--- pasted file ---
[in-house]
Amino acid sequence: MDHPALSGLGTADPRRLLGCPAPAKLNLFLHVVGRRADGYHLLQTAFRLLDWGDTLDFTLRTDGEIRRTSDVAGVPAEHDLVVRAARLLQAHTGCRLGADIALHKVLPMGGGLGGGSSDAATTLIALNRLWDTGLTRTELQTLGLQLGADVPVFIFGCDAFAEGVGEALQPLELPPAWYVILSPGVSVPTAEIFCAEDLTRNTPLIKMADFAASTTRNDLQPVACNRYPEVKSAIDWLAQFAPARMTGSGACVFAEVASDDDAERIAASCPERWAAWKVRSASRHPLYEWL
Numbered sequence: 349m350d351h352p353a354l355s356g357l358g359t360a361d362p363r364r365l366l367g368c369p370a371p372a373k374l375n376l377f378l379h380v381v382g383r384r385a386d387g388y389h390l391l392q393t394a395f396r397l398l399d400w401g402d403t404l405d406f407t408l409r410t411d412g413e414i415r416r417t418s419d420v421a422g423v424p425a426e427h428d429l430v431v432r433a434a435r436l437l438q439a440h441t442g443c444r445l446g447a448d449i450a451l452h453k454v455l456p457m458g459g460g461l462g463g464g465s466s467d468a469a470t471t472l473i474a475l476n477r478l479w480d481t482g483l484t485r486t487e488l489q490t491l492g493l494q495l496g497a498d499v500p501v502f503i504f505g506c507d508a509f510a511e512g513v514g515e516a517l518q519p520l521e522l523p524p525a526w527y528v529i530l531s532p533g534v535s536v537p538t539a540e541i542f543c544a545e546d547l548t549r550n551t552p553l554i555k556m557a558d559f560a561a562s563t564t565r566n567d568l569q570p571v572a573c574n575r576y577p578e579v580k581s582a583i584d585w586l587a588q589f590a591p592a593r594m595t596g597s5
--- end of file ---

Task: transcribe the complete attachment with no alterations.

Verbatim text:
[in-house]
Amino acid sequence: MDHPALSGLGTADPRRLLGCPAPAKLNLFLHVVGRRADGYHLLQTAFRLLDWGDTLDFTLRTDGEIRRTSDVAGVPAEHDLVVRAARLLQAHTGCRLGADIALHKVLPMGGGLGGGSSDAATTLIALNRLWDTGLTRTELQTLGLQLGADVPVFIFGCDAFAEGVGEALQPLELPPAWYVILSPGVSVPTAEIFCAEDLTRNTPLIKMADFAASTTRNDLQPVACNRYPEVKSAIDWLAQFAPARMTGSGACVFAEVASDDDAERIAASCPERWAAWKVRSASRHPLYEWL
Numbered sequence: 349m350d351h352p353a354l355s356g357l358g359t360a361d362p363r364r365l366l367g368c369p370a371p372a373k374l375n376l377f378l379h380v381v382g383r384r385a386d387g388y389h390l391l392q393t394a395f396r397l398l399d400w401g402d403t404l405d406f407t408l409r410t411d412g413e414i415r416r417t418s419d420v421a422g423v424p425a426e427h428d429l430v431v432r433a434a435r436l437l438q439a440h441t442g443c444r445l446g447a448d449i450a451l452h453k454v455l456p457m458g459g460g461l462g463g464g465s466s467d468a469a470t471t472l473i474a475l476n477r478l479w480d481t482g483l484t485r486t487e488l489q490t491l492g493l494q495l496g497a498d499v500p501v502f503i504f505g506c507d508a509f510a511e512g513v514g515e516a517l518q519p520l521e522l523p524p525a526w527y528v529i530l531s532p533g534v535s536v537p538t539a540e541i542f543c544a545e546d547l548t549r550n551t552p553l554i555k556m557a558d559f560a561a562s563t564t565r566n567d568l569q570p571v572a573c574n575r576y577p578e579v580k581s582a583i584d585w586l587a588q589f590a591p592a593r594m595t596g597s5